They say the only way to enjoy India is too expect nothing and just go with the flow. If you don’t keep your humor you will go crazy in this country.
After five days on the beaches in Goa I was ready to head inland for some Hindi temple ruins in the town of Hampi. I bought the best bus ticket I could find, an "air-conditioned sleeper" in a bus. The picture showed smiling tourists leisurely reclining in plush reclining seats with a level of blissfully sleeping travelers above in beds. I was to be one of those blissfully sleeping travelers---though I really couldn't imagine how a bus could have beds in it. The travel agent reassured me, "Very nice, very nice."
I had met a Brazilian backpacker in Goa and we decided to go together. This was very fortunate because he ended up saving me from two potentially horrible experiences. And I saved him from one horrendous one. Read on.
We had to wait an hour for the bus to arrive. I had noticed a vendor of Indian sweets and decided to get a box to try. I asked my friend if he’d like to halve the first sweet and he was keen. I broke the first sweet in half (middle left one in picture) and there it was, the perkiest piece of black pubic hair standing straight up from the middle of the sweet almost like it was saluting me. I showed the vendor and he gave me a different one, but had my friend not agreed to share it with me I'd have probably been pulling pubes out of my mouth. Sorry, I know it's disgusting and I hope your computer's anti-virus and parental controls accepted this blog entry. Now I learned especially in Bolivia to pull the accidental hair out of my food and still enjoy it, but not this time. I couldn’t touch the things.
Now the bus appeared, and drove right off without stopping. Was this our bus? Upon enquiry at the office they sent us running 200ft away to where it was parked, shouting, "Hampi wait! wait! Go quick quick. Bus go go.”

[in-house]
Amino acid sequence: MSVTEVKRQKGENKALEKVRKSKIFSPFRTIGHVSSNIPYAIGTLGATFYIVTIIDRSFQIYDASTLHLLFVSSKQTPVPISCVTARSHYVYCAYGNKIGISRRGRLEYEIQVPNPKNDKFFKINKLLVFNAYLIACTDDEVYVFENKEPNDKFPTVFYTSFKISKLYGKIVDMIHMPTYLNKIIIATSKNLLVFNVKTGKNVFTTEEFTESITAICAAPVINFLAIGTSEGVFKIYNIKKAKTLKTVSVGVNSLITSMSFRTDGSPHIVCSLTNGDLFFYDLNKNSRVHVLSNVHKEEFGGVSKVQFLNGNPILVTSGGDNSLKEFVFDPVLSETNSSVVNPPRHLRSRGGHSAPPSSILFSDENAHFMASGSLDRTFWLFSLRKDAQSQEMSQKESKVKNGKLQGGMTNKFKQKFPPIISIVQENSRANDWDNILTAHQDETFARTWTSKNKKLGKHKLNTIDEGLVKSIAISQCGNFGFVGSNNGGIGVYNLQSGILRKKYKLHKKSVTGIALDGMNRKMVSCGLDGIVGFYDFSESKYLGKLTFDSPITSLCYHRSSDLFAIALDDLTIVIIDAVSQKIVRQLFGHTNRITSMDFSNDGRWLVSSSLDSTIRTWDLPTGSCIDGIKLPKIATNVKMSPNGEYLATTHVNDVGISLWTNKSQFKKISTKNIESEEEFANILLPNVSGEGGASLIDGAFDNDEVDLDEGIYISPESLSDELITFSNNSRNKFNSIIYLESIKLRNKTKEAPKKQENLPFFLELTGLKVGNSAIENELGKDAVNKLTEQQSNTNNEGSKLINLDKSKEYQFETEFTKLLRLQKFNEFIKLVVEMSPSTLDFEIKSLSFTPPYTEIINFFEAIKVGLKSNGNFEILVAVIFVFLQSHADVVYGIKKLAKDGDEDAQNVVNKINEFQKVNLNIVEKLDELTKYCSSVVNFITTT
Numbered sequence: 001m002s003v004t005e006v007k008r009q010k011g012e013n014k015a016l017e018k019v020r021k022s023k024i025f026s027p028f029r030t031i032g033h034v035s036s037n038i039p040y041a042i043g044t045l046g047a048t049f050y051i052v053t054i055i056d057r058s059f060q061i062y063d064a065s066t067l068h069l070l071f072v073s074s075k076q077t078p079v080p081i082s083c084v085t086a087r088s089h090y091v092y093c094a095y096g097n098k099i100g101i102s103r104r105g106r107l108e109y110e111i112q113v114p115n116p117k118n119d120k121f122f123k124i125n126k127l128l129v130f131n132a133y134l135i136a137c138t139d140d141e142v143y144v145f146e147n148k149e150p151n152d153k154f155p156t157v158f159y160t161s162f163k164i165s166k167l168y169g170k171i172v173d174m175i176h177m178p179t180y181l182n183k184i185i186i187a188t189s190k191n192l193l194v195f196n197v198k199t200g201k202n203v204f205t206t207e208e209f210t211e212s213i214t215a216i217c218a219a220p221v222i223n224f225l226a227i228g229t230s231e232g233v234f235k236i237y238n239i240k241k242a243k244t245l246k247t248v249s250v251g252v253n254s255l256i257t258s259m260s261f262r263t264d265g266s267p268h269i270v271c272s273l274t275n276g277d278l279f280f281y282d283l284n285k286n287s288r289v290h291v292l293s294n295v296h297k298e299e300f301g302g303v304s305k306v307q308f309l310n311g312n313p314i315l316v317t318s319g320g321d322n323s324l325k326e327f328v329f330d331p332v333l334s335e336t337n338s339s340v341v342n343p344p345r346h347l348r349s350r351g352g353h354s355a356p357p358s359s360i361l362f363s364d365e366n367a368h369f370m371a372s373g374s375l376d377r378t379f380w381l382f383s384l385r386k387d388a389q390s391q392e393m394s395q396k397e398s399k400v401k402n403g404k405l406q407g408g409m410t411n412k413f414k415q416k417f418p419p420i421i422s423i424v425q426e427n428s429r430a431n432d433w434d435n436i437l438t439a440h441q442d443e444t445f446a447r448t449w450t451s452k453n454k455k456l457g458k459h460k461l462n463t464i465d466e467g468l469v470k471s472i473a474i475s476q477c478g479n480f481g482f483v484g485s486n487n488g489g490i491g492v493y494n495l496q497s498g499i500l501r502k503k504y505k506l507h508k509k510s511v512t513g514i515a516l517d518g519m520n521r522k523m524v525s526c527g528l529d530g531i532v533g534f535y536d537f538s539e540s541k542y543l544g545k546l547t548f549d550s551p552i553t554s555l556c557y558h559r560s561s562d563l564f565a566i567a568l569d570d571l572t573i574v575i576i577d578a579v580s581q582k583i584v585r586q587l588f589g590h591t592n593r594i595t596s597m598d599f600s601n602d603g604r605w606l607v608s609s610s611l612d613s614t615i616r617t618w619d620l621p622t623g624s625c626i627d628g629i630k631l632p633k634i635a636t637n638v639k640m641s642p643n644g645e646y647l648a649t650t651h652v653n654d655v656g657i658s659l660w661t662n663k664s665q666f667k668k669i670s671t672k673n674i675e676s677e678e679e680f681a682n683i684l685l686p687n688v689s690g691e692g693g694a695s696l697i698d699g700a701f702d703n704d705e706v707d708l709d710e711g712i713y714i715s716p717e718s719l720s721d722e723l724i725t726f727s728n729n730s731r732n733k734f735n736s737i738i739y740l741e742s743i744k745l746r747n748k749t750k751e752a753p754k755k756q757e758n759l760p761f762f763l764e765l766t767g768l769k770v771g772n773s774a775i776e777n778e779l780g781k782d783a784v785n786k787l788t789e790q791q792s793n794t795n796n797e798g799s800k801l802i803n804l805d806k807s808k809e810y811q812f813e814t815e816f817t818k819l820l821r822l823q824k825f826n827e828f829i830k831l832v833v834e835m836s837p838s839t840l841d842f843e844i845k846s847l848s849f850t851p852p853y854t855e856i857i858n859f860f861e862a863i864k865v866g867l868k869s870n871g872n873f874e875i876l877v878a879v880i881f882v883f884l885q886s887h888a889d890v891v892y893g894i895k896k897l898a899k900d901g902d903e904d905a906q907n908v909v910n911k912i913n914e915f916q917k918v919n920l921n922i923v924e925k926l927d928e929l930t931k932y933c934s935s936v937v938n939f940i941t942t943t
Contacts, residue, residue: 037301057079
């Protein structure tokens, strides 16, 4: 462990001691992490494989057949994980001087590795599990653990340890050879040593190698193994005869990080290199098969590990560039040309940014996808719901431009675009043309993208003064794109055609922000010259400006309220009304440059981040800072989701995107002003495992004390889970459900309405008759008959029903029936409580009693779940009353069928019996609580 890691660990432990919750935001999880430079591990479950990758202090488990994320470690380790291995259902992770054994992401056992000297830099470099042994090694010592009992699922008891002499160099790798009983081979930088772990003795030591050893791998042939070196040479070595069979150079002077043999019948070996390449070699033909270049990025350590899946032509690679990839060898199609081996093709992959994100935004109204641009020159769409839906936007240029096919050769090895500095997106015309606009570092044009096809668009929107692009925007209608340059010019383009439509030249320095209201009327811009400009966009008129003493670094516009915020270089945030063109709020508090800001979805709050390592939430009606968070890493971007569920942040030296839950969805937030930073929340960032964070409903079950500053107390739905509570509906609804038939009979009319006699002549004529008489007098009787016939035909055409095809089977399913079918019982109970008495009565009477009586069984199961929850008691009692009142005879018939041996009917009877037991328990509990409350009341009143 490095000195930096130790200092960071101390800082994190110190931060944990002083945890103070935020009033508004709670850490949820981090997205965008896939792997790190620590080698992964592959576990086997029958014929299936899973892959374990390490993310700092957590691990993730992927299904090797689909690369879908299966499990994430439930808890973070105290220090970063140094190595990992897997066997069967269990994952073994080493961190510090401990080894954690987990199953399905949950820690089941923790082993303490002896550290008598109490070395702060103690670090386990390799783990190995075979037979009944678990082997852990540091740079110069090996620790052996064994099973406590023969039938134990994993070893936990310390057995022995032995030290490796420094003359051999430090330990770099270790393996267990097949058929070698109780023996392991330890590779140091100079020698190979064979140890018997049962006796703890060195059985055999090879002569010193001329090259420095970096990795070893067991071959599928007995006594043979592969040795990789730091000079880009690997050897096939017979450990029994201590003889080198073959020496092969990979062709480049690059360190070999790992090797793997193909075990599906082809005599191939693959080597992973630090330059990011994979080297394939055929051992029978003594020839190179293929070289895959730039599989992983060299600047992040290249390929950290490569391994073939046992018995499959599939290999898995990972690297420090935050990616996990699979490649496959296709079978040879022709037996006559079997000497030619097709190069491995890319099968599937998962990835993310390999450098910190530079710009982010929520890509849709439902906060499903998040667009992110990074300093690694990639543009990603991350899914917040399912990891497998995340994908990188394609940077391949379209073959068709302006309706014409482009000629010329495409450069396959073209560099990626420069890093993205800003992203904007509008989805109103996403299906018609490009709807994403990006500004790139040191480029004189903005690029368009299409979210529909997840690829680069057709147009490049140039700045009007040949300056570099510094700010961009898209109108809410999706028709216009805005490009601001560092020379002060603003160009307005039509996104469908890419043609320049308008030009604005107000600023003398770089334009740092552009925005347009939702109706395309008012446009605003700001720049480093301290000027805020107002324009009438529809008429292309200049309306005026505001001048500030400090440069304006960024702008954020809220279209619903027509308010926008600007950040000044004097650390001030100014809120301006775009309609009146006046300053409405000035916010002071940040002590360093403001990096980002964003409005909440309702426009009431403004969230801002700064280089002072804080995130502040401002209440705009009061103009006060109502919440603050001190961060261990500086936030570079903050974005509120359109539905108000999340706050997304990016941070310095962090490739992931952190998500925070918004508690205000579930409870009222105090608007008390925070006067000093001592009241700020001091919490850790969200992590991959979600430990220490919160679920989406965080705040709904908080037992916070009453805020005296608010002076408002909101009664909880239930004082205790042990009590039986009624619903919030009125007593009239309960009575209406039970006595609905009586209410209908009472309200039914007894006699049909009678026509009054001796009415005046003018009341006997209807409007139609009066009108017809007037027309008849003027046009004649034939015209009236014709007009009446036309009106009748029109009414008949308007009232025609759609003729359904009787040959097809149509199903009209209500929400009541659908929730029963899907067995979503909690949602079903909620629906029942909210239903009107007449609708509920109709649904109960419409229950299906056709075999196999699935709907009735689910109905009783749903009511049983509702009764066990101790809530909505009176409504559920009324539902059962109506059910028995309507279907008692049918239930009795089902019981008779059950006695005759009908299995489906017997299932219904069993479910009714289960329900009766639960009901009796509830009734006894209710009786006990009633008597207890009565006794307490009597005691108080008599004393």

Take the oldest Greyhound you can imagine, make sure it hasn't been cleaned in at least 10 years, add a row of crusty horizontal seating, then put the bus driver on drugs and set him off onto a two lane pot-marked road. This was my bus. The "bed" seating was so narrow that my companion and I were stuck together---imagine if it were a stranger!!! This is where he twice saved me by just coming along! The a/c didn't work and the door was left gaping open and India dangerously whipping by. After three hours I really had to pee and there was no toilet onboard (this was probably a good thing judging by the cleanliness of the bus). I convinced the bus-driver-on-speed to stop and everyone had five minutes to utilize the, er, dark parking lot. Once the driver shouted, "Go! go!" the bus was off, but my travel companion was nowhere to be seen. This is when I saved him from being stranded in the middle of nowhere with not even his wallet or passport at hand. He caught up running, thoroughly angry and very freaked out.
Arriving in Hampi at 7am groggy after the bumpy ride, we were mobbed by rickshaw drivers and hotel touts. “Rickshaw, madam, rickshaw?” The drivers swore that if we didn’t take their rickshaws to their specific hotels, “the people of the town will throw eggs.”
Unfazed, we decided to walk, pondering over what kind of people would throw eggs at tourists for no reason. What a story.
But alas, there were broken eggs in the street. Then a mob of wet screaming kids and men covered in colored powder came dancing and shouting, bottles of color in the air. I was soon to find out that today is the Hindi Holi festival, a celebration of the first day of spring where people douse each other and everything in colors and water. And eggs. And I was not left to merely observe.
You never know what to expect in India. I have never seen or experienced anything like it and can only laugh when things go wayward. When I stop laughing I will know to take the first ticket home.
Colored powder vendor This kid actually checked me into my hotelDancing in the street, wee this is fun!
Noone and nothing is exempt from Holi madness